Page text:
Experiencing Hamilton: An American Musical Through Headphones
by Iryna Byelyayeva
I had failed at listening to recordings of plays before and
no musical had ever kept my attention through the whole score.
Maybe it’s the genius rhymes, the huge dia-
monds of wit it rained down on my nigh-time tram ride.
Or the hip-hop roots, the songs are meaningful
they’re far from cute
and I hope some theatre kids I know will come to fully appreciate the flow of
ingenuity and history that seeps deep in the genre it’s playing with.
Man, thanks for showing me that it can be done –
that good theatre and proper pop-culture can become one.
It’s a curse and a blessing, like a flavour that will forever be messing with my taste palette
because now I feel like to go back to creating what we used to will fall flat.
I’m not saying everything we do now should include rapping (I’ve seen the Gilmore Girls revival),
that would be crapping on it,
what I’m saying is the story telling magic
mixed with the musical havoc we wreak on our emotions
has given our creativity a promotion.
Hamilton (2015) on stage would be amazing
the revolution in the story and the revolutionary cast
is a mast-
erful “fuck you look what we can do” to
all our seemingly segregated roles in entertainment,
a dirty residue Hollywood can’t shake.
And as much as I’d like to see it live,
experiencing just the music didn’t faze me.
I could follow along,
the singing was strong,
the story had a life of its own
in my head
my imagination felt well-fed
and all those tricky emotional responses which I can’t sunder
from the beat and the acting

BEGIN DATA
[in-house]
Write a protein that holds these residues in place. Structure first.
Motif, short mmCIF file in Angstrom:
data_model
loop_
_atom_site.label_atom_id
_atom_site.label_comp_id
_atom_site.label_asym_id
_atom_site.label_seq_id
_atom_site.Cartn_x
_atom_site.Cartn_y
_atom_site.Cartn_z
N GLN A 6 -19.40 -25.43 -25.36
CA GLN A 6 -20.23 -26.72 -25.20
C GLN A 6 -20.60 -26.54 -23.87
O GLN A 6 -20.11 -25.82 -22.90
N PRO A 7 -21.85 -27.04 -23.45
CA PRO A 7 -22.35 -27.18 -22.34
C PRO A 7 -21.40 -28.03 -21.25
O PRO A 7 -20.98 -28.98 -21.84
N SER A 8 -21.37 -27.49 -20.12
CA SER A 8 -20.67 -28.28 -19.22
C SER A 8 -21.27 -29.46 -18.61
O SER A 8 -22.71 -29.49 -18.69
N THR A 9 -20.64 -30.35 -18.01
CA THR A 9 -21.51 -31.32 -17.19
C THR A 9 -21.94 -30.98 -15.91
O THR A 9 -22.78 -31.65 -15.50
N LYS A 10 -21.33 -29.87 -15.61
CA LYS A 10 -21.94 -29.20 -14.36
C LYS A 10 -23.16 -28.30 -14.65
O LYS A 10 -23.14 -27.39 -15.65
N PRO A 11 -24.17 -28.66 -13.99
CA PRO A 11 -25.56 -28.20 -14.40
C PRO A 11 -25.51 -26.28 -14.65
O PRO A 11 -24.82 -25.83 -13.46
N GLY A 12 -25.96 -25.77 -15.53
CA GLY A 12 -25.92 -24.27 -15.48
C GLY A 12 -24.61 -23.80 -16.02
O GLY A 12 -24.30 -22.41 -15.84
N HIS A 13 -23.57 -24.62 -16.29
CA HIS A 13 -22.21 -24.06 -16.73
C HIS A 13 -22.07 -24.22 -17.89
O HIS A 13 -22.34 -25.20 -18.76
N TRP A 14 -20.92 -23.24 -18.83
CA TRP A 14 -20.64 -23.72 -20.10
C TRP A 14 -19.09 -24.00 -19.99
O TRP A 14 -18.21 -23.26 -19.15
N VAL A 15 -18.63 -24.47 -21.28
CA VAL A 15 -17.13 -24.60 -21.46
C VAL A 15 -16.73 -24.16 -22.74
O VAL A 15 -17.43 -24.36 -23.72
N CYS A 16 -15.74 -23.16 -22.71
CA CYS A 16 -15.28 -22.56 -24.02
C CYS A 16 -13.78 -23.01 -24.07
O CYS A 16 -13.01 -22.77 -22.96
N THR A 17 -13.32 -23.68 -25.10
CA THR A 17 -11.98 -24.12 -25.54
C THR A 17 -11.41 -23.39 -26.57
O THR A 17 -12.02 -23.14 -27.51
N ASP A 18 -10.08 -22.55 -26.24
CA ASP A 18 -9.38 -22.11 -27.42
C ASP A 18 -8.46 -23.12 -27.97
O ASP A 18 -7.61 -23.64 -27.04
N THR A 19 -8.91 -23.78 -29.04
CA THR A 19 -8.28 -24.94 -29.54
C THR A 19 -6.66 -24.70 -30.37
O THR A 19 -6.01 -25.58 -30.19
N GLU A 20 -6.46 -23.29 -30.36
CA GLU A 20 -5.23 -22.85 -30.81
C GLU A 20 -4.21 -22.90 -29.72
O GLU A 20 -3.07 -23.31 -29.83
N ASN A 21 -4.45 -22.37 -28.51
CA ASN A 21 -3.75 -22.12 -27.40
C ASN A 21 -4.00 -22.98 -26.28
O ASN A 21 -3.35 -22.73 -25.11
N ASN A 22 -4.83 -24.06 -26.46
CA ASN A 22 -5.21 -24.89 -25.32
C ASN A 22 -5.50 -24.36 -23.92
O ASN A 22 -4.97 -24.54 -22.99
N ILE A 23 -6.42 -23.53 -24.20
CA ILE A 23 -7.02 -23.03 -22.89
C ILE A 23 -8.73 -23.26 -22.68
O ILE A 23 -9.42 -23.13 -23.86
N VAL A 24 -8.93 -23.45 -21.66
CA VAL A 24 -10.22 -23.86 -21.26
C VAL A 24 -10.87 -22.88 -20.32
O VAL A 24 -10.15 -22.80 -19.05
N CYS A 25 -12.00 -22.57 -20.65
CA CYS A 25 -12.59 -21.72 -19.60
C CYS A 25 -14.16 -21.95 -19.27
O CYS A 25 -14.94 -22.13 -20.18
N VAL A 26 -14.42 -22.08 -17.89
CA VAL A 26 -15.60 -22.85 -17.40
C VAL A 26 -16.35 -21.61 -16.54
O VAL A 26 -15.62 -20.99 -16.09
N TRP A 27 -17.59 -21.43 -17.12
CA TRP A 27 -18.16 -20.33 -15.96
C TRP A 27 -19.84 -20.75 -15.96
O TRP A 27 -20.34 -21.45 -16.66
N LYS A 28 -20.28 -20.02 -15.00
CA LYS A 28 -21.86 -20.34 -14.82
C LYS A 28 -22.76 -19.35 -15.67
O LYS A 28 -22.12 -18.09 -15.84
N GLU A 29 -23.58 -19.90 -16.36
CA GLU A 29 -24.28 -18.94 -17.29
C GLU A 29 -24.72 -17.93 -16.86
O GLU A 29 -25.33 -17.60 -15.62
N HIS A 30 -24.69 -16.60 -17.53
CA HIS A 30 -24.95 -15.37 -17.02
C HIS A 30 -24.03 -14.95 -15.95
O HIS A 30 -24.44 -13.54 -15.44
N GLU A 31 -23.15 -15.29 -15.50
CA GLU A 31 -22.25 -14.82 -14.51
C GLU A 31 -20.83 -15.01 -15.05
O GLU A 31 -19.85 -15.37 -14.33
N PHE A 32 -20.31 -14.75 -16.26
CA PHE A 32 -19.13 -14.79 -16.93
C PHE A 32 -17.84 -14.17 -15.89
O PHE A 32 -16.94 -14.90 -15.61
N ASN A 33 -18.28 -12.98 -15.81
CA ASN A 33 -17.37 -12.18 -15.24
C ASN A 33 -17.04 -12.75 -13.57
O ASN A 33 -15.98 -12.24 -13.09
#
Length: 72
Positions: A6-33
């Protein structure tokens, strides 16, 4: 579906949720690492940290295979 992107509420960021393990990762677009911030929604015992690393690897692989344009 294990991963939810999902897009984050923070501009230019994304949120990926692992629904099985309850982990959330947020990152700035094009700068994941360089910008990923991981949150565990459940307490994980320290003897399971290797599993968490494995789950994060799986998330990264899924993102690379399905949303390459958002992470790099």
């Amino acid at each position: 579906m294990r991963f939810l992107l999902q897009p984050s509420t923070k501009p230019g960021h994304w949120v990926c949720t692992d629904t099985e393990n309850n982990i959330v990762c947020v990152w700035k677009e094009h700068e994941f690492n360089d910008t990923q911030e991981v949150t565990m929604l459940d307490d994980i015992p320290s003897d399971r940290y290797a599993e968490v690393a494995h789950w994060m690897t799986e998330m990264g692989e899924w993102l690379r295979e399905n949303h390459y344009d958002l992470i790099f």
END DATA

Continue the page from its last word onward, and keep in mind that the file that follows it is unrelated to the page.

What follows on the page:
I want this to become a new faction of entertainment.
Spoken word is hard to follow
but music is like chocolate milk – just try not swallow
the sweetness it provides
and the story it tells filling you right to the sides
of the your brain
I’m not the first to proclaim
Hamilton is a phenomenon
I could go on and on
but what I’m trying to say is
listening to a musical was almost more exciting
than seeing one live.
The all-singing musical is
easy to follow along,
the motifs of singing the characters’ names
the same way
in every refrain
was a clever way of
helping me not feel left out of the song.
It’s like reading a book
where I can imagine how all the characters look and
I don’t get distracted by the set or
things I think are going wrong,
there’s just me and the purity of the song
in a private moment all of our own.
I first listened to it on a tram, right
coming home late one night
on a route I know so well I want to
shoot myself each time I’m stuck on it
but with headphones in place
I probably looked ridiculous since I couldn’t control
contorted with every emotion I felt
for all the characters, their losses, their victories, their sacrifice and
it’s dangerous, when dealing with history,
to ignore the fact that Miranda took creative licence
with the story
but we have Wikipedia for fact checking.
Right now there’s no time because all I wanted
at 2 in the morning was to check in
with the characters I had left for a couple of hours
that’s Miranda’s power –
taking characters which would otherwise seem unexceptional
and through music transforming them into something unstoppable.
I was engaged all the way through
(although I’m not going to lie to you
the Schuyler sisters’ two songs
one after the other
was the ether
of the piece).
It’s nice to feel inspired
like you finally got something you didn’t know you desired.
This really put the things I love most together –
exploring characters and what they mean in their own world:
Burr realising his slate will never be wiped clean.
Angelica resigning to the fact that she should not be Hamilton’s pearl
History seamlessly intertwined with contemporary vernacular
Miranda’s lyrics are very particular
in the way they engage and explain
that it’s all interconnected
all the genres he uses in the songs never feel affected
they tap into our universal language – music.
We live in Australia and for us
it’ll take till around 2018
to see Hamilton performed outside our computer screen
so for now we have the Original Cast Recording
which is just as, if not more, rewarding.
Iryna is a creative lady living in Melbourne, Australia. She is the Editor of The Wall and gets published here and there. She can be followed on twitter @irynabyel